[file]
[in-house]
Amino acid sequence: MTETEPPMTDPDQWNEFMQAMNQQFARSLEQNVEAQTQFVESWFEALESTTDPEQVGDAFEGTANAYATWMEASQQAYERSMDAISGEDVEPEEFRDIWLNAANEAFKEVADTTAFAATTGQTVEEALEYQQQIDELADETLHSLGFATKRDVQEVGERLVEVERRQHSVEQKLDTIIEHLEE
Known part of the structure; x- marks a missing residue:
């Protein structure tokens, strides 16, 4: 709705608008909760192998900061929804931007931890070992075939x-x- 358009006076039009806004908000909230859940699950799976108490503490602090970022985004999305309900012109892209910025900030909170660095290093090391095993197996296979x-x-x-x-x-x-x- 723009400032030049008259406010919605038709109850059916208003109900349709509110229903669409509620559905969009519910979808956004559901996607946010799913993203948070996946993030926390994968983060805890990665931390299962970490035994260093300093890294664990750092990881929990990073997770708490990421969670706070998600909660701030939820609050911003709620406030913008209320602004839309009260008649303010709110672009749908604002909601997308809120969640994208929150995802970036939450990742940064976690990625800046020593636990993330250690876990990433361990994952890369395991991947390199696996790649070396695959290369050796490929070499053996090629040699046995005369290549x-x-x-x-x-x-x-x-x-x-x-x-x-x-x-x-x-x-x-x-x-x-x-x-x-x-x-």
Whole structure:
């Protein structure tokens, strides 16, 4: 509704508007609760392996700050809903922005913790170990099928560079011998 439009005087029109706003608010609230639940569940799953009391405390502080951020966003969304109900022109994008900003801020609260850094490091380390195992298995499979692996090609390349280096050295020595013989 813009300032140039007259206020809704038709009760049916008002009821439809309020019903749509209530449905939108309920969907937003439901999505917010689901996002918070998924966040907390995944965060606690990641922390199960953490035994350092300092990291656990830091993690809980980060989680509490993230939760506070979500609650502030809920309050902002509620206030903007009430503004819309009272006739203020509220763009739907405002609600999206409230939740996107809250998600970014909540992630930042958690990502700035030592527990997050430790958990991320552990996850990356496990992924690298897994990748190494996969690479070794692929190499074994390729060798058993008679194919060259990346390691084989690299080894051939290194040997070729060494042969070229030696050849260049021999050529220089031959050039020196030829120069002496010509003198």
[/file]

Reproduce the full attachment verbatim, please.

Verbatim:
[in-house]
Amino acid sequence: MTETEPPMTDPDQWNEFMQAMNQQFARSLEQNVEAQTQFVESWFEALESTTDPEQVGDAFEGTANAYATWMEASQQAYERSMDAISGEDVEPEEFRDIWLNAANEAFKEVADTTAFAATTGQTVEEALEYQQQIDELADETLHSLGFATKRDVQEVGERLVEVERRQHSVEQKLDTIIEHLEE
Known part of the structure; x- marks a missing residue:
């Protein structure tokens, strides 16, 4: 709705608008909760192998900061929804931007931890070992075939x-x- 358009006076039009806004908000909230859940699950799976108490503490602090970022985004999305309900012109892209910025900030909170660095290093090391095993197996296979x-x-x-x-x-x-x- 723009400032030049008259406010919605038709109850059916208003109900349709509110229903669409509620559905969009519910979808956004559901996607946010799913993203948070996946993030926390994968983060805890990665931390299962970490035994260093300093890294664990750092990881929990990073997770708490990421969670706070998600909660701030939820609050911003709620406030913008209320602004839309009260008649303010709110672009749908604002909601997308809120969640994208929150995802970036939450990742940064976690990625800046020593636990993330250690876990990433361990994952890369395991991947390199696996790649070396695959290369050796490929070499053996090629040699046995005369290549x-x-x-x-x-x-x-x-x-x-x-x-x-x-x-x-x-x-x-x-x-x-x-x-x-x-x-």
Whole structure:
């Protein structure tokens, strides 16, 4: 509704508007609760392996700050809903922005913790170990099928560079011998 439009005087029109706003608010609230639940569940799953009391405390502080951020966003969304109900022109994008900003801020609260850094490091380390195992298995499979692996090609390349280096050295020595013989 813009300032140039007259206020809704038709009760049916008002009821439809309020019903749509209530449905939108309920969907937003439901999505917010689901996002918070998924966040907390995944965060606690990641922390199960953490035994350092300092990291656990830091993690809980980060989680509490993230939760506070979500609650502030809920309050902002509620206030903007009430503004819309009272006739203020509220763009739907405002609600999206409230939740996107809250998600970014909540992630930042958690990502700035030592527990997050430790958990991320552990996850990356496990992924690298897994990748190494996969690479070794692929190499074994390729060798058993008679194919060259990346390691084989690299080894051939290194040997070729060494042969070229030696050849260049021999050529220089031959050039020196030829120069002496010509003198």